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Statistics Are Not Facts

July 30th, 2018 by dk

Statistics are not facts, in the same way that recipes are not food. If you cook like I do, the food I prepare barely resembles the dish designed by the recipe writer. I’m OK with that. The recipe pointed me in the right direction. It inspired me. It guided my curiosity.

Statistics are meant to do the same thing. They are metaphors, designed to organize a bunch of facts into a coherent story. They lead us to facts, but they are not facts themselves. They tell us where to look for the relevant facts and how those might be connected to one another.

You may quibble with my hard line against allowing statistics as facts. Mark Twain popularized the denigration of statistics in 1906, but he never claimed originality. Its first citing was in an 1891 letter to the editor in the British newspaper National Observer, and even it claimed no originality:

“Sir, —It has been wittily remarked that there are three kinds of falsehood: the first is a ‘fib,’ the second is a downright lie, and the third and most aggravated is statistics. It is on statistics and on the absence of statistics that the advocate of national pensions relies…”

The old saw’s first printed occurrence was in reference to public retirements. Don’t forget that detail.

We accept a statistic as the end of a story, when it’s rightful place is at the beginning. When we believe a statistic sums up everything, we don’t pay attention to the multitude of facts that make that single statistical summary relevant. Statistics can help us understand complexity, as a recipe guides our cooking technique, but they are not an end in themselves. Statistics are necessary but not sufficient.

Imagine if USA Today decided it could no longer devote nearly a full page to weather across the nation. Efficiency-minded editors could replace all the local temperatures with a single number that averages all those local temperatures.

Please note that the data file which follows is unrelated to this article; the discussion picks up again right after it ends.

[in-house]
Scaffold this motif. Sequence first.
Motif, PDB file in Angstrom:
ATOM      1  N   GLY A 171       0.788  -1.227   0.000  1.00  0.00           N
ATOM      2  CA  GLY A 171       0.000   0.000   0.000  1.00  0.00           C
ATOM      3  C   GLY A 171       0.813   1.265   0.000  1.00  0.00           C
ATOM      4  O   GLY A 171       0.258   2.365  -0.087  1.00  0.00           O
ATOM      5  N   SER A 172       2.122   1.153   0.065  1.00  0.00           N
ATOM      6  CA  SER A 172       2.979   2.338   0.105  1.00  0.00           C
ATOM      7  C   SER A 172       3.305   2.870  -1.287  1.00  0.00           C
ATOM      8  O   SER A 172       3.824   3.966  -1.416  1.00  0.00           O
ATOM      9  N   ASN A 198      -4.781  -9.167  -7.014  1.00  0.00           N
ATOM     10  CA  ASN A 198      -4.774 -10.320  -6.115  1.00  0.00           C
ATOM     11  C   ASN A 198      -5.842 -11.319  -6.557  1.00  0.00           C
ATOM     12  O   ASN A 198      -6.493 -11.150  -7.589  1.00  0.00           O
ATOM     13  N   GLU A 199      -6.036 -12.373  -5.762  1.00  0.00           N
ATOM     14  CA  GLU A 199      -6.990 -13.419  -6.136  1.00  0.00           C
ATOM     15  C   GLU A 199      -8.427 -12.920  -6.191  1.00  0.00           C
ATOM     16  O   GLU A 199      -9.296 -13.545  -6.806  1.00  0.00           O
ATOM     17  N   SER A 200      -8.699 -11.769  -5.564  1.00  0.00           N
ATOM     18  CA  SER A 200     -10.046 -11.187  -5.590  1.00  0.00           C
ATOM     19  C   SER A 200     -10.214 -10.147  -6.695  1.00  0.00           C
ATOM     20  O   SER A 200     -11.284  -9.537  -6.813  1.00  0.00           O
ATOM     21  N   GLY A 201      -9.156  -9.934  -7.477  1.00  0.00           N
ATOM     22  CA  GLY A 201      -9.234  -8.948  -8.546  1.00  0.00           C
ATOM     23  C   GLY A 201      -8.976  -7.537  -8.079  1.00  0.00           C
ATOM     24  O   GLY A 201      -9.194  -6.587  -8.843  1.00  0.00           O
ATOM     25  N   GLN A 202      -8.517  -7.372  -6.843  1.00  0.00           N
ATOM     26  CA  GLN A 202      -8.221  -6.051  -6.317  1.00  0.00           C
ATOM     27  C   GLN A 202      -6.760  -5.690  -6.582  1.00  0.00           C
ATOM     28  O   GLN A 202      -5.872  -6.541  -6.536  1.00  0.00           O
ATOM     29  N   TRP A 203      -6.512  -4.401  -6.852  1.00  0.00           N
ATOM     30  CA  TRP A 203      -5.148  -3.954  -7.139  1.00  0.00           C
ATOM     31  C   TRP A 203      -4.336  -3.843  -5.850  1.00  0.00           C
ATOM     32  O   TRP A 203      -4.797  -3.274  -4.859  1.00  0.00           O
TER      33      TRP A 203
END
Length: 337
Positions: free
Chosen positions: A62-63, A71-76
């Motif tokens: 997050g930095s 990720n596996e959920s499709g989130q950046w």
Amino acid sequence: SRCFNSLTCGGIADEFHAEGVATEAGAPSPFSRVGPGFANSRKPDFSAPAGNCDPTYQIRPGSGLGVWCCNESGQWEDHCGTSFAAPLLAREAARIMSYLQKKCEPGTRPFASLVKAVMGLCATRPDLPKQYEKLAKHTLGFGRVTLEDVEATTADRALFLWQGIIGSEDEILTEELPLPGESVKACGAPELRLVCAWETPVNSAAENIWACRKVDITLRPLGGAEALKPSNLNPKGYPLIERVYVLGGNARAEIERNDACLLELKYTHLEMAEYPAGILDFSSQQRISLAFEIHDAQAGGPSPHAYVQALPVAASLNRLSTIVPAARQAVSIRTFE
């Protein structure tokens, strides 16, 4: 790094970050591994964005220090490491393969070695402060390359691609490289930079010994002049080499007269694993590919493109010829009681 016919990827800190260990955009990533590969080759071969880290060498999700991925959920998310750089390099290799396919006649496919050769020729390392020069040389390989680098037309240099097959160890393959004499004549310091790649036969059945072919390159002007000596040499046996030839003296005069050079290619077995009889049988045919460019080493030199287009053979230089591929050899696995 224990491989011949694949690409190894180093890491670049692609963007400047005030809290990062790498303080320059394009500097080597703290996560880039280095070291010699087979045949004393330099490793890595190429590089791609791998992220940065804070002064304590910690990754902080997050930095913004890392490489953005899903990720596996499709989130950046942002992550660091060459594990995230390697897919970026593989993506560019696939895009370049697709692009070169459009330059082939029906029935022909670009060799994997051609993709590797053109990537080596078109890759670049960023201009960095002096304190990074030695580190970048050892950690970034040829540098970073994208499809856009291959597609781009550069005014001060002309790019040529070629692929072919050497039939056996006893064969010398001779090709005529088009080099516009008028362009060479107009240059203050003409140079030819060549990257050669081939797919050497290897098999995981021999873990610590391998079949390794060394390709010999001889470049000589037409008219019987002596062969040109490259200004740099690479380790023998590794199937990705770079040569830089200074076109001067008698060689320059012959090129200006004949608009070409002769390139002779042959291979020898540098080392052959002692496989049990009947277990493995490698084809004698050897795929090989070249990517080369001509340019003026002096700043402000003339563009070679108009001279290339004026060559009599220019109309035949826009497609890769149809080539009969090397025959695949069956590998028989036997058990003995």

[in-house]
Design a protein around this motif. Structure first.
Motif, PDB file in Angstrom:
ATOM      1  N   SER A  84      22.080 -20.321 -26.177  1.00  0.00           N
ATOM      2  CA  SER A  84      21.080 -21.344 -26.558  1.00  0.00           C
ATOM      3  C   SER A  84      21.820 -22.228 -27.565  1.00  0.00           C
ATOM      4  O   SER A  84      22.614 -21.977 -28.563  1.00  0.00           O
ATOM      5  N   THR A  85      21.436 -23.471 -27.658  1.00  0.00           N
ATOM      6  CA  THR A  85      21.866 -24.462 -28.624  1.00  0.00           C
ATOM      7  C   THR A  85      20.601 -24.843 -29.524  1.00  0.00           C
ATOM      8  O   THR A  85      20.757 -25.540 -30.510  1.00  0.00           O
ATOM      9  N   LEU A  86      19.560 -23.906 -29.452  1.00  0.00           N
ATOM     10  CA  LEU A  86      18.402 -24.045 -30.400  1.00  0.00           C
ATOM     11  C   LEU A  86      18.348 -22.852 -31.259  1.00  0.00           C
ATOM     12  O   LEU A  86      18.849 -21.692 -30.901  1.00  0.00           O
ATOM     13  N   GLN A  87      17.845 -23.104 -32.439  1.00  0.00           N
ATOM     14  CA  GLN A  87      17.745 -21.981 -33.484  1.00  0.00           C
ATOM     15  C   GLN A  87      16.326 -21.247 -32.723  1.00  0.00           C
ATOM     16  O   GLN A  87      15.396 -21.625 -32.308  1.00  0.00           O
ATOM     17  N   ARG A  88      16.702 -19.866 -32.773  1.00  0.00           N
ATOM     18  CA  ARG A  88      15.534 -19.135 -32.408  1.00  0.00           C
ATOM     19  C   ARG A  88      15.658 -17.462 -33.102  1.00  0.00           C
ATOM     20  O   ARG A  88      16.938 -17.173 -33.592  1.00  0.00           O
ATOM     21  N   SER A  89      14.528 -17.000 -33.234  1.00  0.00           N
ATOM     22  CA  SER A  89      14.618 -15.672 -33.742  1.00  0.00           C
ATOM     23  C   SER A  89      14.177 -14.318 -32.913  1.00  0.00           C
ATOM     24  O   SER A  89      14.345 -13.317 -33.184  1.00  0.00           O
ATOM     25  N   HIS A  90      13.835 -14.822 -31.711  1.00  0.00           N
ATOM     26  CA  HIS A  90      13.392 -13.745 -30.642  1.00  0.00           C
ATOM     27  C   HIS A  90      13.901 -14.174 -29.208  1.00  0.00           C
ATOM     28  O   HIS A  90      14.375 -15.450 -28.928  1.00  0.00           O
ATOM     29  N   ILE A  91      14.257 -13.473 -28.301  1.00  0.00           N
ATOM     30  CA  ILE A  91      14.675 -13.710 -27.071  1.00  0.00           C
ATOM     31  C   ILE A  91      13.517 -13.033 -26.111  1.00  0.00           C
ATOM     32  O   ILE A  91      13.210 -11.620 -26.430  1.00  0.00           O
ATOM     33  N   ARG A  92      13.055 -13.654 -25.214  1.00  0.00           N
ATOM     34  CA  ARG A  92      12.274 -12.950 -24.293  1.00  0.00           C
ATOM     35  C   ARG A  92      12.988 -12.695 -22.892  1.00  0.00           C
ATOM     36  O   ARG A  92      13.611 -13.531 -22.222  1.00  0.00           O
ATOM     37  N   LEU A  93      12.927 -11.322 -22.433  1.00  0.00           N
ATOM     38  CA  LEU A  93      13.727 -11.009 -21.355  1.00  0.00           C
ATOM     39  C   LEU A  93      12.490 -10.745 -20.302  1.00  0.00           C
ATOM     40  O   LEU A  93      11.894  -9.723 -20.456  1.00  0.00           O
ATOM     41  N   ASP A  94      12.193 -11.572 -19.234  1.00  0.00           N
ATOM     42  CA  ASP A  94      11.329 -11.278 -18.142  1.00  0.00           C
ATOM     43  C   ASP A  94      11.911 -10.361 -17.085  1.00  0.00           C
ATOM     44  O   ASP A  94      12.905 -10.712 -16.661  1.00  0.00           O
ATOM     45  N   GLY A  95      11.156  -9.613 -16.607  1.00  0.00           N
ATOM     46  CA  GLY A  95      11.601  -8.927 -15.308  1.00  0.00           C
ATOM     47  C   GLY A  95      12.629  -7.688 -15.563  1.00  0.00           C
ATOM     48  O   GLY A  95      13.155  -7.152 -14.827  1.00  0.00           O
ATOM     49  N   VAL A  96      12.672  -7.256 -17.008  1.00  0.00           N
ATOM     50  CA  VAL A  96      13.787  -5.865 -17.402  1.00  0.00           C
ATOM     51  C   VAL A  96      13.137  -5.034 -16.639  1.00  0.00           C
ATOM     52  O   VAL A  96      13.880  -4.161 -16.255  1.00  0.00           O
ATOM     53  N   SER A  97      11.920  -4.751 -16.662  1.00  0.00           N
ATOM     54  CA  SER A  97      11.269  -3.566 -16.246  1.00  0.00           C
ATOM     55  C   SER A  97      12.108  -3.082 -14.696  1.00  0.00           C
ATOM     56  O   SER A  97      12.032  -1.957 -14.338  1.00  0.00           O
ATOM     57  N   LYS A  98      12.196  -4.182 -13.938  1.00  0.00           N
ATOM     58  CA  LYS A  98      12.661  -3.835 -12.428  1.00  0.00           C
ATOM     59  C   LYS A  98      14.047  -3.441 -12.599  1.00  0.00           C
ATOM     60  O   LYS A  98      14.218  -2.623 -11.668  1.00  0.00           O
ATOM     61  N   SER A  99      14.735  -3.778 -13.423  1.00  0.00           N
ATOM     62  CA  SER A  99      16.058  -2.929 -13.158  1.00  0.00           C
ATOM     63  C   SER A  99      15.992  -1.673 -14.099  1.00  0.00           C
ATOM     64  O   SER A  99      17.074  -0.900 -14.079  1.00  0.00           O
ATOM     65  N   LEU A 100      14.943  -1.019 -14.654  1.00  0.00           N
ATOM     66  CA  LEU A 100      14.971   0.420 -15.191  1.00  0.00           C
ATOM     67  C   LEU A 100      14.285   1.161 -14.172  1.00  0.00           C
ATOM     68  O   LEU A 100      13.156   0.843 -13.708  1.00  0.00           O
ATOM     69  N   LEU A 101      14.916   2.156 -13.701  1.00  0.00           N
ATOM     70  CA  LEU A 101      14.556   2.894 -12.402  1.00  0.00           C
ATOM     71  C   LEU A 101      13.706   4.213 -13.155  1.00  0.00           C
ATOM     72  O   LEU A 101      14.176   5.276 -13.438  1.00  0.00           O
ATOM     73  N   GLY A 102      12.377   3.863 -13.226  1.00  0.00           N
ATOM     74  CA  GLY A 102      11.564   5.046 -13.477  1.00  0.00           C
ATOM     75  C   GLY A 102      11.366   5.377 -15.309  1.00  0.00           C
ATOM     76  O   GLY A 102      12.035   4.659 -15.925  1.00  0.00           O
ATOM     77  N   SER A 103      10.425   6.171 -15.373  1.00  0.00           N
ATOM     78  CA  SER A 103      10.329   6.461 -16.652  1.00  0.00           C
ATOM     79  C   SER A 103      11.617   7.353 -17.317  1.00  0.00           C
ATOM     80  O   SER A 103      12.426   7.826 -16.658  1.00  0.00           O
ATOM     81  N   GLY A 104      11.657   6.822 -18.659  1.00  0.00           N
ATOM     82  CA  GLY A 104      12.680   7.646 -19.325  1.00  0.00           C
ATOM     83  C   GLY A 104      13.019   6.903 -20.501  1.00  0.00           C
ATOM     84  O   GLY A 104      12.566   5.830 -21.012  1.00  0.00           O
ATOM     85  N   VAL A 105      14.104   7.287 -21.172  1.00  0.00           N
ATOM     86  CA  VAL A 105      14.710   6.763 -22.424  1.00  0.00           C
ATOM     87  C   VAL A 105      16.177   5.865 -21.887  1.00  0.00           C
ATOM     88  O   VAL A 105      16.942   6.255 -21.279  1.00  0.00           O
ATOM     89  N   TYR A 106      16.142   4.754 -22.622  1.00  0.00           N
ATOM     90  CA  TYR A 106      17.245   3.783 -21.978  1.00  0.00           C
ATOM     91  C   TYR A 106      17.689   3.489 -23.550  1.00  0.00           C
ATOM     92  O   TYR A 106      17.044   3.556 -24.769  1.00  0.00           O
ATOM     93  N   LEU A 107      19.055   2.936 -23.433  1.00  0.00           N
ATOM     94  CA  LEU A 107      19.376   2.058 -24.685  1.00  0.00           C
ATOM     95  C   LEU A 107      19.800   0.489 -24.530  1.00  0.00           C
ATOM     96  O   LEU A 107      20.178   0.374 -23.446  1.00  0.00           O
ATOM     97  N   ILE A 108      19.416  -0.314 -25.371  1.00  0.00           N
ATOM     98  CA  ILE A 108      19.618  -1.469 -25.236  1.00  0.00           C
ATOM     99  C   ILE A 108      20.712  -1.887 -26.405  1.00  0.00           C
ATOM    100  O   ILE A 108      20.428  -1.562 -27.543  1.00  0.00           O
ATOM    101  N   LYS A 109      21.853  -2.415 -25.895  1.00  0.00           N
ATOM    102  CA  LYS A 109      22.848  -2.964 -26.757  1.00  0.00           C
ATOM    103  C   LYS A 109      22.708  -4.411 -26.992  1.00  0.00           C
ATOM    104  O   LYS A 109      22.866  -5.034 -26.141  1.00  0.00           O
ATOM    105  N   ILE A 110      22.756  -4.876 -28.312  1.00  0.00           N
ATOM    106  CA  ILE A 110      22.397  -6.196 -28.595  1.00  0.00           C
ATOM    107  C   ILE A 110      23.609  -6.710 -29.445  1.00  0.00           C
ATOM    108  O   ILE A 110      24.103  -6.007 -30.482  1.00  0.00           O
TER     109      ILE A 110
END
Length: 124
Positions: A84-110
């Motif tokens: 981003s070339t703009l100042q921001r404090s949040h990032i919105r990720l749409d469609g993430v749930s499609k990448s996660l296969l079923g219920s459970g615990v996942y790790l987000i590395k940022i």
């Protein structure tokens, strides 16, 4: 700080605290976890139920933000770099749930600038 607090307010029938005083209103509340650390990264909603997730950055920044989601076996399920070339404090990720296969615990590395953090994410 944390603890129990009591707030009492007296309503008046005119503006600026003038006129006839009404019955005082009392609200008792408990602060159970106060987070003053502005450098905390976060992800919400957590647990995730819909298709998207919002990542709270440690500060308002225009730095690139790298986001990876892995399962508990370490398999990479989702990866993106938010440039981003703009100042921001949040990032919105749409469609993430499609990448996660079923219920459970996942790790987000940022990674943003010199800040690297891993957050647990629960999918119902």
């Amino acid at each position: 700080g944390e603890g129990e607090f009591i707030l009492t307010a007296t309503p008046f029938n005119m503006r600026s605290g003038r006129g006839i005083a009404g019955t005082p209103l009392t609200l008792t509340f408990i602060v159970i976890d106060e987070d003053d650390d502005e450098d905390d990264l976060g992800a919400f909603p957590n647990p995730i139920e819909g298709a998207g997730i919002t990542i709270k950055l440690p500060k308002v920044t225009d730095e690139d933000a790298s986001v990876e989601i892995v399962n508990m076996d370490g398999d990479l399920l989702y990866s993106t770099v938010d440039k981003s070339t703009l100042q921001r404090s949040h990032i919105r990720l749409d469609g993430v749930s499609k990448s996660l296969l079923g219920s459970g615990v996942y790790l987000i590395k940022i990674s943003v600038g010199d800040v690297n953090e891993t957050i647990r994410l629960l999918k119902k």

Is it useful to know the average temperature in the United States was 52.4 degrees yesterday? No, it’s not — even if it’s accurate. We need more than that — and not more precision. Knowing yesterday’s temperature was 52.385 degrees is still not useful, because it’s not relevant. What matters to us is the closest fact that contributed to that summary statistic. For now, USA Today’s weather map is safe.

In the same way, have you ever met anyone who is 4.7 percent unemployed? Of course not. Because a statistic is not to be confused with the people and lives it’s designed to summarize.

The limited utility of statistics was brought home to Oregon recently when we were reminded that the Public Employee Retirement System comprises at least 925 separate, locally administered retirement plans. Each has addressed the funding shortfall in its own way. The total PERS system’s unfunded liability of $21 billion does not fall equally onto every jurisdiction.

No single solution will solve the PERS unfunded liability crisis. It will require 925 solutions, decided and enacted locally. Don’t underestimate the importance of that shift. Divide anything into a thousand smaller parts and it looks different, especially if you don’t have to worry about putting the parts back together.

One thousandth of a crisis is nothing more than a problem. We still ask, “What will we do?” — but without the plaintive wail of helplessness associated with PERS funding discussions.

It should also shift the conversation among state lawmakers, away from any sort of silver bullet. Where will we find 925 silver bullets? What we need most from our central leaders is flexibility and information exchange. If Salem can remove any shackles that the courts will allow, local control is reaffirmed. Then we can learn from one another what’s working best.

For example, the state consolidated school funding at the state level 25 years ago, to address certain inequities. Looking back on those decisions, are there pieces of control that can and should be returned to local jurisdictions?

When the problem of retirement funds is summarized at the state level, it matters less to each of us. Statistics are bloodless. We don’t know anyone who is 4.7 percent unemployed.


Don Kahle ( writes a column each Friday for The Register-Guard and blogs at

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